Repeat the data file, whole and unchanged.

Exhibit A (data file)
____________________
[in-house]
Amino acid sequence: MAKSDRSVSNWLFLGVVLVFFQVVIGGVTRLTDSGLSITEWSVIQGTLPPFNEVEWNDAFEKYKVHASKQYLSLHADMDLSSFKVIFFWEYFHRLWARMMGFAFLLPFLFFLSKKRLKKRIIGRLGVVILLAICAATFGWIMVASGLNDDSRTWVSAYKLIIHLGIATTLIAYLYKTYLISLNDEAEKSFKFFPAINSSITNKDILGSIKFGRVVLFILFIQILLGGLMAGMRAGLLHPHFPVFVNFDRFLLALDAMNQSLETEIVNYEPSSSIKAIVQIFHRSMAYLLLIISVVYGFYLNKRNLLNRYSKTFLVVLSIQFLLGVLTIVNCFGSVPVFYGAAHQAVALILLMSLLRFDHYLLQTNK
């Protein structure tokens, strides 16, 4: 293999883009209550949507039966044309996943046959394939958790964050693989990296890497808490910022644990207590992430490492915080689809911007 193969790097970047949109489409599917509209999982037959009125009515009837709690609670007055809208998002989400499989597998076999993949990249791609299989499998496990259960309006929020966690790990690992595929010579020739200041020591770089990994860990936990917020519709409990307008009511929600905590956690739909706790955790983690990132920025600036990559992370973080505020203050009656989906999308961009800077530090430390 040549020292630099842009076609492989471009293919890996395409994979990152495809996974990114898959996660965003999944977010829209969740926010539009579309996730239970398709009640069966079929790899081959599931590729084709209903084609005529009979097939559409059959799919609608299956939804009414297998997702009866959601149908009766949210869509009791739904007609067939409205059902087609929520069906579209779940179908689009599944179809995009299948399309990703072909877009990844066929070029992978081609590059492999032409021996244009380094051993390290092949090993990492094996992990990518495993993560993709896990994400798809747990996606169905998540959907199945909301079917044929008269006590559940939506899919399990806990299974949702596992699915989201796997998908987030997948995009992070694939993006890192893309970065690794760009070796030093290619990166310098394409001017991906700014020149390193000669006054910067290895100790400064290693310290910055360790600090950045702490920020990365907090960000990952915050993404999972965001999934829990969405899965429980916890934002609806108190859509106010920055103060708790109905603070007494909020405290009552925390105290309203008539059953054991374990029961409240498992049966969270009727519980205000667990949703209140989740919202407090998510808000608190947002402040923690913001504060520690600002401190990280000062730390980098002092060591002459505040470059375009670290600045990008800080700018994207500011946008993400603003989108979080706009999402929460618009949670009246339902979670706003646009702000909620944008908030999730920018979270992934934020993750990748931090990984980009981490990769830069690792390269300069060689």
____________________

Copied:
[in-house]
Amino acid sequence: MAKSDRSVSNWLFLGVVLVFFQVVIGGVTRLTDSGLSITEWSVIQGTLPPFNEVEWNDAFEKYKVHASKQYLSLHADMDLSSFKVIFFWEYFHRLWARMMGFAFLLPFLFFLSKKRLKKRIIGRLGVVILLAICAATFGWIMVASGLNDDSRTWVSAYKLIIHLGIATTLIAYLYKTYLISLNDEAEKSFKFFPAINSSITNKDILGSIKFGRVVLFILFIQILLGGLMAGMRAGLLHPHFPVFVNFDRFLLALDAMNQSLETEIVNYEPSSSIKAIVQIFHRSMAYLLLIISVVYGFYLNKRNLLNRYSKTFLVVLSIQFLLGVLTIVNCFGSVPVFYGAAHQAVALILLMSLLRFDHYLLQTNK
């Protein structure tokens, strides 16, 4: 293999883009209550949507039966044309996943046959394939958790964050693989990296890497808490910022644990207590992430490492915080689809911007 193969790097970047949109489409599917509209999982037959009125009515009837709690609670007055809208998002989400499989597998076999993949990249791609299989499998496990259960309006929020966690790990690992595929010579020739200041020591770089990994860990936990917020519709409990307008009511929600905590956690739909706790955790983690990132920025600036990559992370973080505020203050009656989906999308961009800077530090430390 040549020292630099842009076609492989471009293919890996395409994979990152495809996974990114898959996660965003999944977010829209969740926010539009579309996730239970398709009640069966079929790899081959599931590729084709209903084609005529009979097939559409059959799919609608299956939804009414297998997702009866959601149908009766949210869509009791739904007609067939409205059902087609929520069906579209779940179908689009599944179809995009299948399309990703072909877009990844066929070029992978081609590059492999032409021996244009380094051993390290092949090993990492094996992990990518495993993560993709896990994400798809747990996606169905998540959907199945909301079917044929008269006590559940939506899919399990806990299974949702596992699915989201796997998908987030997948995009992070694939993006890192893309970065690794760009070796030093290619990166310098394409001017991906700014020149390193000669006054910067290895100790400064290693310290910055360790600090950045702490920020990365907090960000990952915050993404999972965001999934829990969405899965429980916890934002609806108190859509106010920055103060708790109905603070007494909020405290009552925390105290309203008539059953054991374990029961409240498992049966969270009727519980205000667990949703209140989740919202407090998510808000608190947002402040923690913001504060520690600002401190990280000062730390980098002092060591002459505040470059375009670290600045990008800080700018994207500011946008993400603003989108979080706009999402929460618009949670009246339902979670706003646009702000909620944008908030999730920018979270992934934020993750990748931090990984980009981490990769830069690792390269300069060689």